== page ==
Perhaps the most apposite example of the show is the inclusion of a work by William Kentridge called Office Love, a mohair tapestry measuring an impressive 350x460cms. It looks a lot like the work of Sally Smart, cut out shapes against a background map of Johannesburg and is so deadly dull and worthy it sends you into paroxysms of admiration – Oh William Kentridge! You are a master of your craft! We admire your Phaidon volume and your dogged devotion to heavy charcoal lines! You are indeed the modernist father figure we have been hungering for! Actually, to be perfectly blunt, piss off – we cannot tell you how sick we are of this kind of tedious display of artistic merit. It’s art for the leather-lounge-and-whisky-after-dinner set.
On a similarly duff note is an example of John Beard‘s Headland show from Liverpool Street Gallery which, to be fair, looks quite good on its own. Rick Amor‘s work Path to The Sea is quite similar to Beard’s art its blatant foregrounding of its attempts at being artistic, but unlike Beard and Kentridge, Amor manages to pull it off, partly due to the eccentricity of his vision and partly the deftness of his technique. It’s still a bit of a yawn, but it’s a quality yawn.
There is a lot of that kind of art in this show – high quality, high concept, unreconstructed modernism, technique-will-save-the-day stuff that’s pretty much bereft of anything but the artist’s own blind belief in their talent and importance. The shock is that there is so much of it. (We don’t know who the arts writers and critics were who nominated these shows but we have our suspicions…)
In this kind of tepid environment, Wendy Sharpe can’t help but stand out – she’s not here to save the world from heathen post modernity, just to record it. Her six panel A Night In The City is a wondrous thing, even if it’s hung so badly. Actually the prize for the worst hung painting in the show goes to the person who decided to hang Jon Plapp‘s black and white geometric abstraction next to a gallery air conditioning vent, which looks rather like Plapp’s painting. You’re fired!
A lot of works look exceptionally ordinary in this exhibition – works by artists Anne Wallace, Peter Atkins and Susan Andrews do not benefit at all from being hung in the Ervin, while the pieces by severely over-rated artists like Guan Wei, Polixeni Papapetrou and Cherine Fahd are like the HSC works of mildly talented students. What a great leveller it is to have all this work hung on shit brown walls. It makes everything look equally bad.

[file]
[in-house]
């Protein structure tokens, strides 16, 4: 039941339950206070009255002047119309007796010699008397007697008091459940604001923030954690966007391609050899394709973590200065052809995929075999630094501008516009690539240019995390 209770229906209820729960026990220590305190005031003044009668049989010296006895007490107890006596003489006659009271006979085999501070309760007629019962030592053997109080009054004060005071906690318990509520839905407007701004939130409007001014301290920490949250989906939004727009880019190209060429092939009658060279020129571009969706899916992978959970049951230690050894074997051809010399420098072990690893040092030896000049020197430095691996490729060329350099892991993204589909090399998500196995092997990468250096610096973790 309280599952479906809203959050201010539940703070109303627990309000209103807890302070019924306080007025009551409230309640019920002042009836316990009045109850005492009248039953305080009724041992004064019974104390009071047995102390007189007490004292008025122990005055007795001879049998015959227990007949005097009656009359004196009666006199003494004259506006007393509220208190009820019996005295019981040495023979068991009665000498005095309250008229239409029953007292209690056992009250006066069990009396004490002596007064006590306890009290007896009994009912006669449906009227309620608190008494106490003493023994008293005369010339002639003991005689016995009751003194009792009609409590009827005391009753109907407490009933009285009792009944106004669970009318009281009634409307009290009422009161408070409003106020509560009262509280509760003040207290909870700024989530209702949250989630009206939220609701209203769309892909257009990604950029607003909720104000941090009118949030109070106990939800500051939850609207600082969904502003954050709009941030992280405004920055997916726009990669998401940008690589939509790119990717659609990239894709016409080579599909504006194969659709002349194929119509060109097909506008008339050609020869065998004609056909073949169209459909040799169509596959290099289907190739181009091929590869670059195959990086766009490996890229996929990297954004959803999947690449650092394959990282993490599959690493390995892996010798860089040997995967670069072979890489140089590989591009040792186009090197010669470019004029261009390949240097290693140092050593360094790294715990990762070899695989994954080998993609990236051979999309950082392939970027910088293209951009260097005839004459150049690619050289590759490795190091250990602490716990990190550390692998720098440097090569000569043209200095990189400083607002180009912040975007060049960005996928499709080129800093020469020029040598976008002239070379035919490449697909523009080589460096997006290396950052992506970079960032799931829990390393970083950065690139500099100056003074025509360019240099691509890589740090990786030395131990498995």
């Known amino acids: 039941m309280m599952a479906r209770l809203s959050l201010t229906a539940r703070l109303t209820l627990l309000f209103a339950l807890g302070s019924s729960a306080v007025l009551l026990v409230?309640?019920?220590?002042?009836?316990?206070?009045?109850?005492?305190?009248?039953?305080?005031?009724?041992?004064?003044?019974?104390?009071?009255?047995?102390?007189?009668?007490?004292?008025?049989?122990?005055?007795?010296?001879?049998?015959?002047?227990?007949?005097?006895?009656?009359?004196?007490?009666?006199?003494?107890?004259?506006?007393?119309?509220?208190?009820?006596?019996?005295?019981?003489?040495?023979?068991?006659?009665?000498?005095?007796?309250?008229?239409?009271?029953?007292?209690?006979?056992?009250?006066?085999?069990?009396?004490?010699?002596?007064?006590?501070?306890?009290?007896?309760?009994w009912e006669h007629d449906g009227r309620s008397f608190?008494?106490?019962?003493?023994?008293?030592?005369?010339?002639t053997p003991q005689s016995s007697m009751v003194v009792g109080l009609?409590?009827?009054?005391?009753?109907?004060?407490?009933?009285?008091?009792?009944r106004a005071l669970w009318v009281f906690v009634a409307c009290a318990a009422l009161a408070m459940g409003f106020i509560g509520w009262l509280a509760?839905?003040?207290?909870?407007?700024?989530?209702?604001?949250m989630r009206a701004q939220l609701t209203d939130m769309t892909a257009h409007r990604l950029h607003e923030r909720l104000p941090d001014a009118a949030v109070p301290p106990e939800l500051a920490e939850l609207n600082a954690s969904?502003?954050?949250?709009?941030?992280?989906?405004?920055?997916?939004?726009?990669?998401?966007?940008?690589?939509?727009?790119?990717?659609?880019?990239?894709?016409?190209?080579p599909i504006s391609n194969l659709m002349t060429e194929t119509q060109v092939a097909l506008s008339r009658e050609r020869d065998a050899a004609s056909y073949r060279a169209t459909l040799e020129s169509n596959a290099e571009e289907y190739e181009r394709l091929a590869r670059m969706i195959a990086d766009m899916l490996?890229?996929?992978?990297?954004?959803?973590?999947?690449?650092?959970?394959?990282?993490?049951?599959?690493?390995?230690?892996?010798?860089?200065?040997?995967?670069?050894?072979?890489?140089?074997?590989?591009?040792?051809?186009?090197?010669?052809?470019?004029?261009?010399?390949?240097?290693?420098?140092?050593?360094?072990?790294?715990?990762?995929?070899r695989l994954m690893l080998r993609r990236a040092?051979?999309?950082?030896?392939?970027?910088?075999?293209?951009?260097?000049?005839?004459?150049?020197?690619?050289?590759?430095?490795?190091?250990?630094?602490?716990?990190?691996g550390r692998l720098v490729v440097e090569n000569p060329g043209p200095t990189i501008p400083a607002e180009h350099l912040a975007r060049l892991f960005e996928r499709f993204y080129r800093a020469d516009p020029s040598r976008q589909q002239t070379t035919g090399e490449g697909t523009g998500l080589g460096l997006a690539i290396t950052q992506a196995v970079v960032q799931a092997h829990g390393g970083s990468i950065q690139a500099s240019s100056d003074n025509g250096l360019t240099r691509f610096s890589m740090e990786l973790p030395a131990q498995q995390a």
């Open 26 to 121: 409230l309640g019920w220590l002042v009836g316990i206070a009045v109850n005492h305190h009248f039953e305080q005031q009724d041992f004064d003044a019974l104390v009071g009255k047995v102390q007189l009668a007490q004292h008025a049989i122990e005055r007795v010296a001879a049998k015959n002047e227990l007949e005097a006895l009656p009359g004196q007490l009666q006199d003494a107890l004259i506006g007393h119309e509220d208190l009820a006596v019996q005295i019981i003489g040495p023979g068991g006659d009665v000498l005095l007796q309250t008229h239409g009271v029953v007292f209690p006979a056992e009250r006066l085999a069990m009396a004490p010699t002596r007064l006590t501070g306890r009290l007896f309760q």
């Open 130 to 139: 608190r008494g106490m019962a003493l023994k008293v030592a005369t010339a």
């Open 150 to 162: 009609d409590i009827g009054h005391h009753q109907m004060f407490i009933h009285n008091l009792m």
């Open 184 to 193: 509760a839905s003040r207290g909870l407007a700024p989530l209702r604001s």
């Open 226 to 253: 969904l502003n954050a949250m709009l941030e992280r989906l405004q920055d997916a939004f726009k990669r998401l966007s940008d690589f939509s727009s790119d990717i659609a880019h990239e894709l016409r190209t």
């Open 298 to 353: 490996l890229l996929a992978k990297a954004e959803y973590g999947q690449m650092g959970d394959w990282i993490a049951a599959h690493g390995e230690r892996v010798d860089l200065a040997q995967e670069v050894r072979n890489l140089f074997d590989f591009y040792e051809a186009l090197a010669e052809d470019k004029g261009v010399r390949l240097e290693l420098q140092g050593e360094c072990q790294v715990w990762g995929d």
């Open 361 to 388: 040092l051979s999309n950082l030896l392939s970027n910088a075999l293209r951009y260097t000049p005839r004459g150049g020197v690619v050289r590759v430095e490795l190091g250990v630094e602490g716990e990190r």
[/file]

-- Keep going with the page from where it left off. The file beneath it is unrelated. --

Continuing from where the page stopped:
That anything looks good at all in this show is a minor miracle. Brook Andrew‘s Ignoratia (kookaburra) photographic work looks at home here – perhaps because of its faux-museum stylings. Philip George‘s The Affliction of The Protestant, a photograph of a ghostly green building floating in a desert calls to everyone who sees it. Anne Nobel‘s Ruby’s Room #23 is a large photograph of a strand of hair on a girl’s face and we kept going back to it.
We know, it seems like we just liked the photographic works, and looking over the catalogue, perhaps that’s true. Certain paintings did look good, but they were always let down by the hang. At first glance, two large drawings looked great and we resisted going up and have a gander until the end – sort of like saving the dessert ’til last so you walk away with a sweet taste. eX de Medici had two drawings, Skull (Willow) and Skull (Camo). They are big, clean and are meticulously done. Then we discovered something kind of crap – there was a written explanation of the works hanging next to the two pieces. What a package – pretentious name and an explanation that makes sure that you walk away with what the artist thinks you should know. To paraphrase Tony Montana, we don’t need that shit in our lives.